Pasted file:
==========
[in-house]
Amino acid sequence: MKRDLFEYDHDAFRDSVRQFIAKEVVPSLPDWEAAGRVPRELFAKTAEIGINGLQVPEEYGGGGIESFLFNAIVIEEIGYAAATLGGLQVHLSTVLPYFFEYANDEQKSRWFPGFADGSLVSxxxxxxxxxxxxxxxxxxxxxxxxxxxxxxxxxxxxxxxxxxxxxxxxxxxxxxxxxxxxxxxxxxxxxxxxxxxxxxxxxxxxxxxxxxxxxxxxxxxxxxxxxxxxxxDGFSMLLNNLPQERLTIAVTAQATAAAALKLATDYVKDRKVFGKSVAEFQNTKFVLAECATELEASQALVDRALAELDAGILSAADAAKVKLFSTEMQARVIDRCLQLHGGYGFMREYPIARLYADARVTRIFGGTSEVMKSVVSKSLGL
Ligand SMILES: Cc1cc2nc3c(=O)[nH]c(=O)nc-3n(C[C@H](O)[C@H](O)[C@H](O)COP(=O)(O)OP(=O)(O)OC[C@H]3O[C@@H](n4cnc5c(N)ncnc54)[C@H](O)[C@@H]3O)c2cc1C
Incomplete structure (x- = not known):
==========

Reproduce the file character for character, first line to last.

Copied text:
[in-house]
Amino acid sequence: MKRDLFEYDHDAFRDSVRQFIAKEVVPSLPDWEAAGRVPRELFAKTAEIGINGLQVPEEYGGGGIESFLFNAIVIEEIGYAAATLGGLQVHLSTVLPYFFEYANDEQKSRWFPGFADGSLVSxxxxxxxxxxxxxxxxxxxxxxxxxxxxxxxxxxxxxxxxxxxxxxxxxxxxxxxxxxxxxxxxxxxxxxxxxxxxxxxxxxxxxxxxxxxxxxxxxxxxxxxxxxxxxxDGFSMLLNNLPQERLTIAVTAQATAAAALKLATDYVKDRKVFGKSVAEFQNTKFVLAECATELEASQALVDRALAELDAGILSAADAAKVKLFSTEMQARVIDRCLQLHGGYGFMREYPIARLYADARVTRIFGGTSEVMKSVVSKSLGL
Ligand SMILES: Cc1cc2nc3c(=O)[nH]c(=O)nc-3n(C[C@H](O)[C@H](O)[C@H](O)COP(=O)(O)OP(=O)(O)OC[C@H]3O[C@@H](n4cnc5c(N)ncnc54)[C@H](O)[C@@H]3O)c2cc1C
Incomplete structure (x- = not known):